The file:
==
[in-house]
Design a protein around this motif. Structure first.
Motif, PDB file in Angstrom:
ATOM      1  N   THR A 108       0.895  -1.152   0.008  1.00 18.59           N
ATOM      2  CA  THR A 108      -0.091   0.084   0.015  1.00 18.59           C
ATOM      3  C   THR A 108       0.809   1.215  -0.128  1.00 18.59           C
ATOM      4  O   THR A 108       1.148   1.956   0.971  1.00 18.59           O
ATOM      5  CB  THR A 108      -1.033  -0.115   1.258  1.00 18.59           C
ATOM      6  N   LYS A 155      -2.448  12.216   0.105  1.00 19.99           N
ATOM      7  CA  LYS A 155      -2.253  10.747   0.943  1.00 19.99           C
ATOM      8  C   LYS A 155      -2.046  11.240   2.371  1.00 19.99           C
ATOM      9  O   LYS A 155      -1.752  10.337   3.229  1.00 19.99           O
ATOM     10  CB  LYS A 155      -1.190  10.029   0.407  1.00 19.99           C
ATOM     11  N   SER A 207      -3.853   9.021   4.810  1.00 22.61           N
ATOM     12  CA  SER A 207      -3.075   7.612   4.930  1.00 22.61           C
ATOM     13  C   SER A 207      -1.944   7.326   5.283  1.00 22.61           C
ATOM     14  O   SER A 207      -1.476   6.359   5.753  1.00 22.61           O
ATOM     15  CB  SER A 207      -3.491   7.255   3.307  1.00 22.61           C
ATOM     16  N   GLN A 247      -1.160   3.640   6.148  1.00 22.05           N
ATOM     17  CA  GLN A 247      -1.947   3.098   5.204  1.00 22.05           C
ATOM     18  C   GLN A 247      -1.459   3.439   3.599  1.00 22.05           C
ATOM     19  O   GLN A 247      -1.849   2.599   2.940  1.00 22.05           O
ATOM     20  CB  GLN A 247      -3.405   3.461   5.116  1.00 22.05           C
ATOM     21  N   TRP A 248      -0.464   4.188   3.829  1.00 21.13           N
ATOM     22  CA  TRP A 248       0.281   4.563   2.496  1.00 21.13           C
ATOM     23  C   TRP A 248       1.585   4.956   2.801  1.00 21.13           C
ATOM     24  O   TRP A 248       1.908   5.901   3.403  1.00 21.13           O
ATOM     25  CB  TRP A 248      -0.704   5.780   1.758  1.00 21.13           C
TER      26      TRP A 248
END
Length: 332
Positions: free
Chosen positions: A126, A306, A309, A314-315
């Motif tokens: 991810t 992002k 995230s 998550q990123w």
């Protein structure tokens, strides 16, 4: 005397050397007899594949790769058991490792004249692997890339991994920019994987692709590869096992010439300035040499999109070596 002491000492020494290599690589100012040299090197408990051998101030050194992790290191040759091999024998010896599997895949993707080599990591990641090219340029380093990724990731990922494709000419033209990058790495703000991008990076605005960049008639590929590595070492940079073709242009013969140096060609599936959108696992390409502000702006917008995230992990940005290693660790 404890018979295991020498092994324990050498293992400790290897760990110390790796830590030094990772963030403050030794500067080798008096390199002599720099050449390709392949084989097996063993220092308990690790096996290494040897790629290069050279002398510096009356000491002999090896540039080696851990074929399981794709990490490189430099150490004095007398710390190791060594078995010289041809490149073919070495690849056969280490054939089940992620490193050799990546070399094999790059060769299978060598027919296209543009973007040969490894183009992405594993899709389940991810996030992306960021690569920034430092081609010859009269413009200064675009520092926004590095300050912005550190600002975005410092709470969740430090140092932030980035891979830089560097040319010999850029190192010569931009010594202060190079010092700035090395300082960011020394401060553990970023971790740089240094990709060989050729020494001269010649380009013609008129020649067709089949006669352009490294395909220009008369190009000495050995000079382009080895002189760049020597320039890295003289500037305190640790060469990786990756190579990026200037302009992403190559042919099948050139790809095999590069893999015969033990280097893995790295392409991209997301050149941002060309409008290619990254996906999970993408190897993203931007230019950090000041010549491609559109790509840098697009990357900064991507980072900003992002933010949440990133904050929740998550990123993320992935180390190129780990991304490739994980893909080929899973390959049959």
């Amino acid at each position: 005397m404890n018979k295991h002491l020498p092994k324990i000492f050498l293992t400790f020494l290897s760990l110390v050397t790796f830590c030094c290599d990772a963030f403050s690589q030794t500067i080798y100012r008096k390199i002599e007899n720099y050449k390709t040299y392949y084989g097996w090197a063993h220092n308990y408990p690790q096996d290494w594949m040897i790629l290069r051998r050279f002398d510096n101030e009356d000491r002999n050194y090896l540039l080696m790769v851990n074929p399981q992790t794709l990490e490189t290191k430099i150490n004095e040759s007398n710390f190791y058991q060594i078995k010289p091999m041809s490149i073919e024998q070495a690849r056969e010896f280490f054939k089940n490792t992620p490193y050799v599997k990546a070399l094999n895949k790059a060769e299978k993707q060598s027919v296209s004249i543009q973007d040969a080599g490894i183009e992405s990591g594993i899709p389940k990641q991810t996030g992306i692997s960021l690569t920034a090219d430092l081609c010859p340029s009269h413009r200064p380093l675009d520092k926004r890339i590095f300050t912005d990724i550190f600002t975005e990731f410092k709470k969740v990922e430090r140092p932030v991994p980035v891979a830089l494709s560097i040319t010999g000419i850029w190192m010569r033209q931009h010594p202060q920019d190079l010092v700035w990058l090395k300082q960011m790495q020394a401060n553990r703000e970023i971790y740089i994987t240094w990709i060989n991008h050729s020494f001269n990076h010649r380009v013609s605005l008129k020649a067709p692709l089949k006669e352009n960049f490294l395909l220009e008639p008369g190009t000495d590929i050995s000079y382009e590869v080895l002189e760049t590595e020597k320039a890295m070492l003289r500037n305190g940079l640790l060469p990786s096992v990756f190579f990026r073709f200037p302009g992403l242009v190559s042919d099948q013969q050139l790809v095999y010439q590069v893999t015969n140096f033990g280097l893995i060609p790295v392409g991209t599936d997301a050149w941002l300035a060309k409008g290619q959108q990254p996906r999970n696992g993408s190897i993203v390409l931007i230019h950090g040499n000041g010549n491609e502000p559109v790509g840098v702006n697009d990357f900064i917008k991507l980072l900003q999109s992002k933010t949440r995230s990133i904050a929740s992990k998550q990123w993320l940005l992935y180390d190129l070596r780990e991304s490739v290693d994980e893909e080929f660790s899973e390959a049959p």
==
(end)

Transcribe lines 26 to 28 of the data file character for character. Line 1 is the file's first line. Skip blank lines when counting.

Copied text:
ATOM     23  C   TRP A 248       1.585   4.956   2.801  1.00 21.13           C
ATOM     24  O   TRP A 248       1.908   5.901   3.403  1.00 21.13           O
ATOM     25  CB  TRP A 248      -0.704   5.780   1.758  1.00 21.13           C